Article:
The 10 Best Performances of 2016

Let’s bring in the New Year with the best performances from last year.

Yep, we’re still doing this whole thing.  Anyways, last year I chose to make a point with my article about the year’s best performances in film.  Since I struggled so hard to think of even just five great performances by male actors in films that year when it came time for me to fill out my Failed Critics Awards ballot – and, seeing as the most serious competition for DiCaprio’s Oscar-winning performance as a particularly sadistic member of the nihilist version of Jackass was Bryan Cranston beginning to piss away all the talent he used to have, that seems to have been shared by most – I had all ten of my entries on this list be female performances.  Ten turned out to be too few slots, as well, since I cut double that amount from the published list.

This past year was much better for Film, however, so I didn’t have to work too hard to come up with a strong list for both arbitrary genders.  Therefore, this year’s 10 Best Performances article splits the difference between the two, like I’m some kind of feminist or something.  In addition to the criteria that determines eligibility in any of my Year-End pieces, I have restricted this to just one performance per-film, mainly so I don’t redundantly repeat any of my prior thoughts all over again and give off the impression that I’m half-assing these pieces or something.  Resultantly, there are a large number of Honourable Mentions to get through before we dive into the (unranked) list, and here they are:

Mary Elizabeth Winstead (10 Cloverfield Lane), Paul Dano (Swiss Army Man), Chris Hemsworth (Ghostbusters), Leslie Jones (Ghostbusters), Aaron Paul (Eye in the Sky), Alan Rickman (Eye in the Sky), Charlize Theron (Kubo and the Two Strings), Luke Evans (High-Rise), Ryan Gosling (The Nice Guys), Ellen DeGeneres (Finding Dory), Andy Samberg (Popstar: Never Stop Never Stopping), Kate Beckinsale (Love & Friendship), Anya Taylor-Joy (The VVitch), Ginnifer Goodwin (Zootopia), Jason Bateman (Zootopia), Sasha Lane (American Honey).

John Goodman as Howard (10 Cloverfield Lane)

10 Cloverfield LaneJohn Goodman has had a long and storied career playing almost every character type known to man, but he’s mainly played loveable and somewhat paternal figures or overblown arseholes (the latter primarily for The Coen Brothers).  What he’s rarely been is genuinely terrifying – even his character in The Big Lebowski is portrayed more as an impotent petulant blowhard than a legitimate threat – despite being a surprisingly physical actor, but that’s exactly the skillset that Dan Trachtenberg puts to use in 10 Cloverfield Lane.  The resultant performance is menacing, commanding, and often full-on terrifying, yet surprisingly complex and very occasionally somewhat pitiable; a tour-de-force piece of work that is by far and away the best of any actor or actress from the past twelve months.  10 Cloverfield Lane is a phenomenal film, make no mistake, but it would maybe have only been about a quarter as tense and phenomenal if anyone other than Goodman were playing the role of Howard.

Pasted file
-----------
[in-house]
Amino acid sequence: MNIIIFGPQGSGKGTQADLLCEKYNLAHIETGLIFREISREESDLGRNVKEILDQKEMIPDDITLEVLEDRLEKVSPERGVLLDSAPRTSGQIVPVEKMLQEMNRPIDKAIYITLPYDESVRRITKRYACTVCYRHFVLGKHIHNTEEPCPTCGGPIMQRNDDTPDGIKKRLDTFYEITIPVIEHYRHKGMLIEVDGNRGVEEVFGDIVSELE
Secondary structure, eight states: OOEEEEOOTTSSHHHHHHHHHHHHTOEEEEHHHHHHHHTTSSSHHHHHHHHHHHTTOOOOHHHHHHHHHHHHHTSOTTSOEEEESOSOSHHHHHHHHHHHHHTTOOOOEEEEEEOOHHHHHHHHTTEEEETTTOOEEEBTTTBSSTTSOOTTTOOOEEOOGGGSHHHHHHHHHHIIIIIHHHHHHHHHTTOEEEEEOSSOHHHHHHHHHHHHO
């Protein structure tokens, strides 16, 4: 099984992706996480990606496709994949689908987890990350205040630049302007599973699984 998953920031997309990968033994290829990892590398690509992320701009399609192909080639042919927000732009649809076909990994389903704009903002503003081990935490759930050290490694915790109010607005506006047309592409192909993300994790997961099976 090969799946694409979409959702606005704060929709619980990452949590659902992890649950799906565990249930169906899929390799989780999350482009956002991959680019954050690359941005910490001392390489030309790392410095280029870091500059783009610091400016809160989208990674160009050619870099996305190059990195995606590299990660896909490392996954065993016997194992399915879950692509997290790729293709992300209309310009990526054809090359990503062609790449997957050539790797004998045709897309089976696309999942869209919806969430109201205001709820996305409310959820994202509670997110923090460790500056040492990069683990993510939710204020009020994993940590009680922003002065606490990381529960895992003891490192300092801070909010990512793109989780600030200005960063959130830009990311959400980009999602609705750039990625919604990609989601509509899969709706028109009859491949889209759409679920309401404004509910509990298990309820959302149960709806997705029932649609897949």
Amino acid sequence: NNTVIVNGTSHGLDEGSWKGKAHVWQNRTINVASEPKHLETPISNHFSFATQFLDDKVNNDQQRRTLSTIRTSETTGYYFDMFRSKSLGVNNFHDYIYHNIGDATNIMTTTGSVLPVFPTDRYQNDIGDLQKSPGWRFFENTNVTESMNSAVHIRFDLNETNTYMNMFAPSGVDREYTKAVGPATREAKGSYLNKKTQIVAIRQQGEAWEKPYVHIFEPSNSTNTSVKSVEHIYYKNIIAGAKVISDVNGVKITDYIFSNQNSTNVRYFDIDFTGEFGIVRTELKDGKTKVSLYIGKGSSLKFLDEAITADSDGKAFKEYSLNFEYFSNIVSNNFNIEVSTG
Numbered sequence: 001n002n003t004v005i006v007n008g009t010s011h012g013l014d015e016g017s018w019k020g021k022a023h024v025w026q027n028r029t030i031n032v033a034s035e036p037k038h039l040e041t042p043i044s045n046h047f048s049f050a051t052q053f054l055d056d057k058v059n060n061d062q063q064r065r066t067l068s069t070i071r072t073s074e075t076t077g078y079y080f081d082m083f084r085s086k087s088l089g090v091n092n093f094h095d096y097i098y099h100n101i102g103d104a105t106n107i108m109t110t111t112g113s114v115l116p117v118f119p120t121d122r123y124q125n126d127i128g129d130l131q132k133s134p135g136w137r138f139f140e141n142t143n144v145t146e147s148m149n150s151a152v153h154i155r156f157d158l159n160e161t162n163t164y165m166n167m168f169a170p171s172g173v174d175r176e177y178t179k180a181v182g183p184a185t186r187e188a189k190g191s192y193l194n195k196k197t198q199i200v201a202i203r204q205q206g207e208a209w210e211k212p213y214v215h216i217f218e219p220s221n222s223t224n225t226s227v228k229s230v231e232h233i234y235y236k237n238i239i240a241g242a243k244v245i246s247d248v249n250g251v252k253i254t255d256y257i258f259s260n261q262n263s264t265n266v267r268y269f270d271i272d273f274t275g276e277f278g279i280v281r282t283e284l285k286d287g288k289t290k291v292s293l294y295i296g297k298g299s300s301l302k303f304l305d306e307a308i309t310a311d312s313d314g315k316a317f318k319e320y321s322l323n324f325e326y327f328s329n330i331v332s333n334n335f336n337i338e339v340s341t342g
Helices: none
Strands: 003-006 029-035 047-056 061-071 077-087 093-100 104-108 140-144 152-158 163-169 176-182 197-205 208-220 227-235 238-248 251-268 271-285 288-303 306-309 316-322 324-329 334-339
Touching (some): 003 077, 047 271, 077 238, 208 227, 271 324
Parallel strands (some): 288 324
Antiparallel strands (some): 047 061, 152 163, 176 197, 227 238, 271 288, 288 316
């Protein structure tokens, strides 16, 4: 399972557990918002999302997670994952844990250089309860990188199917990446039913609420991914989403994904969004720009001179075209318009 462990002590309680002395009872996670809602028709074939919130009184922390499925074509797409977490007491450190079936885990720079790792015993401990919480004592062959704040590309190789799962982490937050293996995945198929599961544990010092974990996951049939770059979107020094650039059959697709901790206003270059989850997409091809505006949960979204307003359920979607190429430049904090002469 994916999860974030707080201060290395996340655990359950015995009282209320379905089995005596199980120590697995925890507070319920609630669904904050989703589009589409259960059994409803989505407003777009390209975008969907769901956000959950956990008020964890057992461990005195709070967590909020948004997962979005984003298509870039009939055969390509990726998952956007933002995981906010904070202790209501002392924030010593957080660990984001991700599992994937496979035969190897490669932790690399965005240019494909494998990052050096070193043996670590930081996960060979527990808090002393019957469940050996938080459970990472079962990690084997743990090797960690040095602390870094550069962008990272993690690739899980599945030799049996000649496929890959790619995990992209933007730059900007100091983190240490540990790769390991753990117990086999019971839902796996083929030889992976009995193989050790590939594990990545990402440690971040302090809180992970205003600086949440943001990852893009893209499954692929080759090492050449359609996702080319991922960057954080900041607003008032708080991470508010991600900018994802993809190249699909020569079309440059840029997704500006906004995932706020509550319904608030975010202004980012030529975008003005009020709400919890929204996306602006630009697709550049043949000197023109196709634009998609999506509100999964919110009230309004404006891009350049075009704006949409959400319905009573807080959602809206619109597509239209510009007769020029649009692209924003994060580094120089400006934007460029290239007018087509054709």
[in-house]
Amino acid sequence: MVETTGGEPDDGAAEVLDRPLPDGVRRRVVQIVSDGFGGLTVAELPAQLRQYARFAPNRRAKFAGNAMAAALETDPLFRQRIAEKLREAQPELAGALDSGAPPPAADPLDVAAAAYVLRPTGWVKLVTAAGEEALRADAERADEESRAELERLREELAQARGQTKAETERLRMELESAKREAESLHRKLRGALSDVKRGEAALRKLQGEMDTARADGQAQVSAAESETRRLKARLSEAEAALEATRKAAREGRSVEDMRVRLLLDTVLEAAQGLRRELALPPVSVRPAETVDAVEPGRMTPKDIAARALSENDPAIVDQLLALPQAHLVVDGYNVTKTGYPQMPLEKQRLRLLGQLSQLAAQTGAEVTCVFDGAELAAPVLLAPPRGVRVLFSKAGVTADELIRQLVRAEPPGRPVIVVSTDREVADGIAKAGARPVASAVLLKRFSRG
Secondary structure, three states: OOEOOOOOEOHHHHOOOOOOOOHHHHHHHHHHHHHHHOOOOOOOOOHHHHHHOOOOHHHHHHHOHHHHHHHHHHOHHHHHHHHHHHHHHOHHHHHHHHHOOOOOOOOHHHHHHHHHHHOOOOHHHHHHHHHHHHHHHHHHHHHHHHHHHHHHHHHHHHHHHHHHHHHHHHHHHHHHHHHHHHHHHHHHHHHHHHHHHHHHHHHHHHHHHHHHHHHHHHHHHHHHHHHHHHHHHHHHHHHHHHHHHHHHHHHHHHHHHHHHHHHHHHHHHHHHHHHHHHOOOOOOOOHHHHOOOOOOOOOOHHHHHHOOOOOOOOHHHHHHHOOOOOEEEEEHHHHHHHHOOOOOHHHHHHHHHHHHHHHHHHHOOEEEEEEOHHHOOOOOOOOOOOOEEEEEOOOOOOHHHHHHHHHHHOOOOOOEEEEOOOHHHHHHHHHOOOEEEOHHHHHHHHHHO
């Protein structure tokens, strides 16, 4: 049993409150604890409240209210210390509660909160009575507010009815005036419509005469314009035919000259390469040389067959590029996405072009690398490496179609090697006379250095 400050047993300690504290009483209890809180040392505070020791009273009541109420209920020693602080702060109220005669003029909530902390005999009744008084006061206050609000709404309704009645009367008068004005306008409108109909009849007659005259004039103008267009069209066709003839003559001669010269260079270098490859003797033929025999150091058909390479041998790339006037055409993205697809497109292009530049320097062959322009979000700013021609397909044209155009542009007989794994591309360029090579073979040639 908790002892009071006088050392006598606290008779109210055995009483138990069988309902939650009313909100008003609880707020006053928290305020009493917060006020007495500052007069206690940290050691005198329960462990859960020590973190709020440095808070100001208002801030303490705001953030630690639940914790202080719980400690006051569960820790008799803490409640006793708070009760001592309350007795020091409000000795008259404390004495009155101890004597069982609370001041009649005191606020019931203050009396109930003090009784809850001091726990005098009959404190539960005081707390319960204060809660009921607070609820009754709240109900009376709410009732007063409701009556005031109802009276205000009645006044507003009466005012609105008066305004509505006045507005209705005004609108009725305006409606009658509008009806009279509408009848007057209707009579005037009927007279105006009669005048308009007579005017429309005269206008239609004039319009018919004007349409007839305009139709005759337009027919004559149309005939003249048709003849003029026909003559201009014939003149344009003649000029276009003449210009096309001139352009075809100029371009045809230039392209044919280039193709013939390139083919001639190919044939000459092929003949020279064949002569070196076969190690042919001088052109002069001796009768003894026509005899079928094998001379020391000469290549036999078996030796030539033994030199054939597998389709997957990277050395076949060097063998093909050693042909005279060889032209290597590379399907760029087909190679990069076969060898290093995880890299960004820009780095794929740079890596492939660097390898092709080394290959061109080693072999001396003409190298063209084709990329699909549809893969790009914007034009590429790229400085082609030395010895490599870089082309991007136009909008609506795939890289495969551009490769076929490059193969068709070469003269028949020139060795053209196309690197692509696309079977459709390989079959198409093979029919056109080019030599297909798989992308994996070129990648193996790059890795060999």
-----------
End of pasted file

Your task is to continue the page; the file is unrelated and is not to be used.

Hailee Steinfeld as Nadine Franklin (The Edge of Seventeen)

The Edge Of SeventeenPutting across a convincing, believable, but also not-absolutely-insufferable portrayal of a self-absorbed teenager in a film is incredibly hard – and if you don’t believe me, go watch Lewis MacDougall’s alternately stiff and irritating lead performance in J. A. Bayona’s meh-gnificent A Monster Calls… actually, don’t do that.  Also throw depression and self-loathing onto that pile, you’re asking a hell of a lot for a performer to be able to pull off.  It takes somebody with both quiet technical nuance, the empathy and restraint to refrain from pushing those additional aspects overboard, and enough raw likeability and charisma to keep the viewer relating to them without wanting to smack them across the face (since all teenagers are insufferable shitbags).  Hailee Steinfeld turns out to be exactly that performer, brilliantly realising and elevating Kelly Fremon Craig’s script so completely, with such aching vulnerability and such piercing anger and wit, that it acts as a sort of culmination of all the promise and talent she’s demonstrated in her young career up to now.

Alden Ehrenreich as Hobie Doyle (Hail, Caesar!)